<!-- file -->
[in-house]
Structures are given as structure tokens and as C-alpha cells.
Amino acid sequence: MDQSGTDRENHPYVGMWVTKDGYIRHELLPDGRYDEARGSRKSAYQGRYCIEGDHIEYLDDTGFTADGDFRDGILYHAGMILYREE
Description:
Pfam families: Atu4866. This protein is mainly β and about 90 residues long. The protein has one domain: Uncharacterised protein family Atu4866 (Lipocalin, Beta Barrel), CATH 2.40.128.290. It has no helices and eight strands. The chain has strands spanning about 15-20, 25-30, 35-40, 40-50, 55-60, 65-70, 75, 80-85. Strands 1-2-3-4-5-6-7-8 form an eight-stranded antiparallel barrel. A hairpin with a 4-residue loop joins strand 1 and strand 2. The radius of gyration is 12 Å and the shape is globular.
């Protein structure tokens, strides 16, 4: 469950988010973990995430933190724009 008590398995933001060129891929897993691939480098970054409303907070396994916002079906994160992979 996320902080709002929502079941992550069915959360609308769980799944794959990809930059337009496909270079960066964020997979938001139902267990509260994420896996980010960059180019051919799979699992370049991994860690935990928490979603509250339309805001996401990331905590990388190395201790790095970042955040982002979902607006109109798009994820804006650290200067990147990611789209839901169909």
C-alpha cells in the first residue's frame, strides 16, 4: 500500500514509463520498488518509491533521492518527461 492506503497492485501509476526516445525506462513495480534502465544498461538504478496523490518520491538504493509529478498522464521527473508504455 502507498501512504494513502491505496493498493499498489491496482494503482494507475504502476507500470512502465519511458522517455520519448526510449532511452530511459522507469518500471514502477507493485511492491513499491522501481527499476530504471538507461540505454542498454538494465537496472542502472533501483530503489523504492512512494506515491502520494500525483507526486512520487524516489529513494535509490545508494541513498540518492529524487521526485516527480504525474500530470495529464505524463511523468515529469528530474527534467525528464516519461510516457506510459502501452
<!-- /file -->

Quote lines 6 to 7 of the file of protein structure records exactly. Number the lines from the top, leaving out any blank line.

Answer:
């Protein structure tokens, strides 16, 4: 469950988010973990995430933190724009 008590398995933001060129891929897993691939480098970054409303907070396994916002079906994160992979 996320902080709002929502079941992550069915959360609308769980799944794959990809930059337009496909270079960066964020997979938001139902267990509260994420896996980010960059180019051919799979699992370049991994860690935990928490979603509250339309805001996401990331905590990388190395201790790095970042955040982002979902607006109109798009994820804006650290200067990147990611789209839901169909």
C-alpha cells in the first residue's frame, strides 16, 4: 500500500514509463520498488518509491533521492518527461 492506503497492485501509476526516445525506462513495480534502465544498461538504478496523490518520491538504493509529478498522464521527473508504455 502507498501512504494513502491505496493498493499498489491496482494503482494507475504502476507500470512502465519511458522517455520519448526510449532511452530511459522507469518500471514502477507493485511492491513499491522501481527499476530504471538507461540505454542498454538494465537496472542502472533501483530503489523504492512512494506515491502520494500525483507526486512520487524516489529513494535509490545508494541513498540518492529524487521526485516527480504525474500530470495529464505524463511523468515529469528530474527534467525528464516519461510516457506510459502501452